The men behind a company may help determine the value of a company for investing.
It pays to know the aliens behind your investment
Unless you are a successful businessman or an individual of independent means, a surefire way to induce an existential crisis about the direction your life has taken is to browse the notifications of share dealings of executives in publicly quoted companies.
Such as those of BG, now my sole (and, it would seem, steadily diminishing) holding.
Having thrown my entire fictional wealth into this stock, gambling - on nothing more substantial than a threadbare understanding and dubious application of the theory of Fibonacci retracement patterns - that the current dip in the until recently rocket-like rise of this share was nothing more than a drawing of breath before a resumption of stratospheric growth, I now find myself in a difficult position.
If I lose my nerve and sell now, with my portfolio worth a near all-time low of £15,530 (Dh90,960), I will suffer a grievous loss. Of course, if the price continues to fall away it will become only more grievous; less than two weeks ago, I was £2,000 better off but at the current catastrophic rate of decline I could soon have less than the £15,000 I started with back in June.
Nevertheless, I'm going to give it one more week, at the end of which either my faith in Fibonacci will have been vindicated or the current momentary downturn will have taken on the calamitous characteristics of something altogether more sustained.
This week, I was going to tell you about my sideshow adventures in Forex training, but that will have to wait. I know, you must be horribly disappointed, but if you are even faintly considering getting into online day trading that is a state you had better start getting used to.
Instead, I found myself breaking cardinal rule number one by abandoning rigid reliance on System A (in which "A" stands for "Any") and scouting around for intelligence - sifting through the bins, as it were, for any clue as to why the behaviour of BG's share price might be defying my turkey-ham-fisted predictions.
And that's when I stumbled on The Fabulous Life of Martin Houston. And friends.
It all started in 1948, when today's BG began life as British Gas, a nationalised British public utility operated on behalf of the government and the good people of the UK. All was fine and dandy until 1986, when the Gas Board, as it was fondly known, was privatised as part of Margaret Thatcher's ideology-inspired fire sale of formerly national assets.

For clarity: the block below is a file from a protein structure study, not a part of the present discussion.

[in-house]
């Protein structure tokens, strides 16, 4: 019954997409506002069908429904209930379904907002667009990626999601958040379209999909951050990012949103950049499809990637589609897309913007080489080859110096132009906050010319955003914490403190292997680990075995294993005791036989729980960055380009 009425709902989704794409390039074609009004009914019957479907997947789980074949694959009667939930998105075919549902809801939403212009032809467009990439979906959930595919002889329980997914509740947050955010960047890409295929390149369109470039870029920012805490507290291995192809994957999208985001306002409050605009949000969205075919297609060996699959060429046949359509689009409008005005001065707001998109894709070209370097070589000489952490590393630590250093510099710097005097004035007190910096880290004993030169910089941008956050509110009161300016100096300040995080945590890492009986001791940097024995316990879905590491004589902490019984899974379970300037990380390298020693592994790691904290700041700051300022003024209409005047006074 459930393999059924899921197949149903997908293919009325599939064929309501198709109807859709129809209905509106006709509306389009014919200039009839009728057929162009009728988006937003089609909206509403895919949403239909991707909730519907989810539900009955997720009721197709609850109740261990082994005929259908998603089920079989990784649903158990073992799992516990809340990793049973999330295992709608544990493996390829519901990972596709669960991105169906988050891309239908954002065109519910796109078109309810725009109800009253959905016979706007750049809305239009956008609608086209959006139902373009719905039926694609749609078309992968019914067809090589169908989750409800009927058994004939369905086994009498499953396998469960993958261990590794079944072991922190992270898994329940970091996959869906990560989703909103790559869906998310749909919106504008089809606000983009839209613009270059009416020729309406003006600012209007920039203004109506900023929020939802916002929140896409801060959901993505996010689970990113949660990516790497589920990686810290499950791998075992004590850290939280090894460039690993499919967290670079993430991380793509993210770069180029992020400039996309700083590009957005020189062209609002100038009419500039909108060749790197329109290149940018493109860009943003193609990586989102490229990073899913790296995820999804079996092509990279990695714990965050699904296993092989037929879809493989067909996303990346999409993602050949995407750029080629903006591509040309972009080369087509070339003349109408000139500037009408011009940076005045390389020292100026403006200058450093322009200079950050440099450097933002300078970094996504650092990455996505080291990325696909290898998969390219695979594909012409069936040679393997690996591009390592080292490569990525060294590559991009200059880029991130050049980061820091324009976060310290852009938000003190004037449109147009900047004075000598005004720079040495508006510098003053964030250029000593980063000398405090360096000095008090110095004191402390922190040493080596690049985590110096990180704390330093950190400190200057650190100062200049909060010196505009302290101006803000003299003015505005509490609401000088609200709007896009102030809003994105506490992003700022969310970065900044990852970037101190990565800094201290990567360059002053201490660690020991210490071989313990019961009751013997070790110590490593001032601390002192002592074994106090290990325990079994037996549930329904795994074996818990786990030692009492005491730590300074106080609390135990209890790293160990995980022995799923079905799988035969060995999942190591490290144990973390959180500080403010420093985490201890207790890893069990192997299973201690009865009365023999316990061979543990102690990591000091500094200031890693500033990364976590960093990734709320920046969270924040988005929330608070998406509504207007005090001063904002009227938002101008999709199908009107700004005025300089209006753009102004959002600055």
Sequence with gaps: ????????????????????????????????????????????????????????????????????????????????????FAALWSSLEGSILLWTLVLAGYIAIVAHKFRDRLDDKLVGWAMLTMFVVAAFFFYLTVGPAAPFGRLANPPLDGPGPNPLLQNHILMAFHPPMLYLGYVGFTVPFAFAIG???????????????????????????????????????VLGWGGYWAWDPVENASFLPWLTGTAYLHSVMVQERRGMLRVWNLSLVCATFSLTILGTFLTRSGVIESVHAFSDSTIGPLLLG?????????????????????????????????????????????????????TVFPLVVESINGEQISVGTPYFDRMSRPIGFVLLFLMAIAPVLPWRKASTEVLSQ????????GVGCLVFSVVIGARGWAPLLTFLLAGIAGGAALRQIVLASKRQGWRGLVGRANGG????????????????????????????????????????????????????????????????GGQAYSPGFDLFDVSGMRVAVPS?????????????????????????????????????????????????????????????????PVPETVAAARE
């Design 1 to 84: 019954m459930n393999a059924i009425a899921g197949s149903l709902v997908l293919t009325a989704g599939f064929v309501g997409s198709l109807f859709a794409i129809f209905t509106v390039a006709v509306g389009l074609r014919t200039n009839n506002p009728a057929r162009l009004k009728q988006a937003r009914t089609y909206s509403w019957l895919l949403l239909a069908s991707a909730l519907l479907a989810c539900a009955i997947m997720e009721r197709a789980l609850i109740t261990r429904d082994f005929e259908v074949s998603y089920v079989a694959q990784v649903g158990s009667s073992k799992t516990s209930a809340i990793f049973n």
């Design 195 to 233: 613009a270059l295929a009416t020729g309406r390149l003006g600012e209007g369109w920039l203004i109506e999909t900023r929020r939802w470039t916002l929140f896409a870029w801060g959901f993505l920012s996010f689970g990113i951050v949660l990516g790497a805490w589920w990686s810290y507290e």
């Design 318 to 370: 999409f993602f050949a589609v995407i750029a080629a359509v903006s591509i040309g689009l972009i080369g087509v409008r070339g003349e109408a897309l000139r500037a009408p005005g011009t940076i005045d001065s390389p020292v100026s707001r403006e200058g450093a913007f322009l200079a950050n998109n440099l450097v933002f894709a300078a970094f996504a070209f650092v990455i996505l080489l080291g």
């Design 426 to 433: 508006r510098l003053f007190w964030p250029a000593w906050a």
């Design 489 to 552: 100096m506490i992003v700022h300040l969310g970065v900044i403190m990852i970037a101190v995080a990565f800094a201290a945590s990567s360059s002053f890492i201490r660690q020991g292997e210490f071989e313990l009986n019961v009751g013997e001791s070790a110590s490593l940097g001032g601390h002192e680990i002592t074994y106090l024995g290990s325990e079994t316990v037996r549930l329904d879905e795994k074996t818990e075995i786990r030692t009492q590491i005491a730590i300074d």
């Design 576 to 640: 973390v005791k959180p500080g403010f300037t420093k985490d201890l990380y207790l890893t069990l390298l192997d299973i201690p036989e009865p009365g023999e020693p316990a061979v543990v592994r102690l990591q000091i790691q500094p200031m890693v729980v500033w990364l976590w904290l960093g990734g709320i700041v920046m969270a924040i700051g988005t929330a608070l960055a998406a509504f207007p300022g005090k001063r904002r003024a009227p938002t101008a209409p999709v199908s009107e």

This privatisation, worth £9 billion (Dh52.73bn) and at the time the biggest share offering of its kind, was the subject of the notorious "If you see Sid ... tell him!" advertising campaign. This was a gift to all stand-up comedians but especially those on the left of the spectrum, for whom it was the personification of the Conservative Party's attempt to boost its voter base for generations to come by the cynical creation of a new share-owning class.
But let's not trot out all that old-school Trotskyist resentment. Instead, let's take an envious peek at the career of Martin Houston, currently BG's executive vice president and managing director for the Americas and global LNG.
Houston - based, somewhat confusingly, in Houston - is a geologist who, whether by luck or design, joined British Gas in 1983, just three years before privatisation. Now 52, he became vice president of the BG Group in 2000 and was appointed to the board in 2009.
On November 4, the company posted a notice that Houston's wife, Jane, had ... well, I'm such a financial ignoramus that I have no idea what she had done, but it seemed to involve some kind of transfer of 100,000 shares. But whatever it was, my eye was drawn to the PS: "There is no change in Mr Houston's interests in the issued share capital of BG Group plc," it said. "Mr Houston continues to have an interest in 786,351 shares."
Incredulous, I reached for my calculator. Unless I am mistaken (and I am prepared to admit the possibility), with BG's shares currently worth just over £12 each, that would mean that Houston - in addition to his salary, fringe benefits and pension - is sitting on a nest egg worth about £9.5 million.
Crikey. This Houston most definitely does not have a problem. I do hope he votes Conservative.
Not that anyone had to tell Frank Chapman, who, as BG's chief executive, is Houston's boss. Chapman joined British Gas plc as managing director, exploration and production, in 1996, a decade after privatisation, and came to the post via private-sector experience with BP and Shell. Appointed to the board in 1997, he was made chief executive in 2000.
In April this year, there was great public indignation in the UK when it was revealed that, in the wake of a 17 per cent rise in the company's share price in one year, Chapman's remuneration package for 2009 had amounted to £28m, including salary, shares and pension contributions.
Even the head of the CBI, the employers' organisation, warned that with such gigantic payments executives risked being viewed by their employees as "aliens" - aliens, he added, whose pay had risen since 2000 from 47 to 81 times as much as the average pay of their workers.
Fair play to Chapman and colleagues, I say. But what is one to make of the fact that on November 11, five days after his company's share price hit a two-year high of £12.96, Chapman cashed in 85,000 of his shares in the company, for a price of £12.80 per share, realising a cool £1m-plus?
Daughter's wedding? Splashed out on a yacht? A couple of nights at Emirates Palace? Whatever the cause, it's loose change for Chapman, who is still sitting on 1.9m shares (and I can't even bring myself to work out what they are worth), but I couldn't help noticing.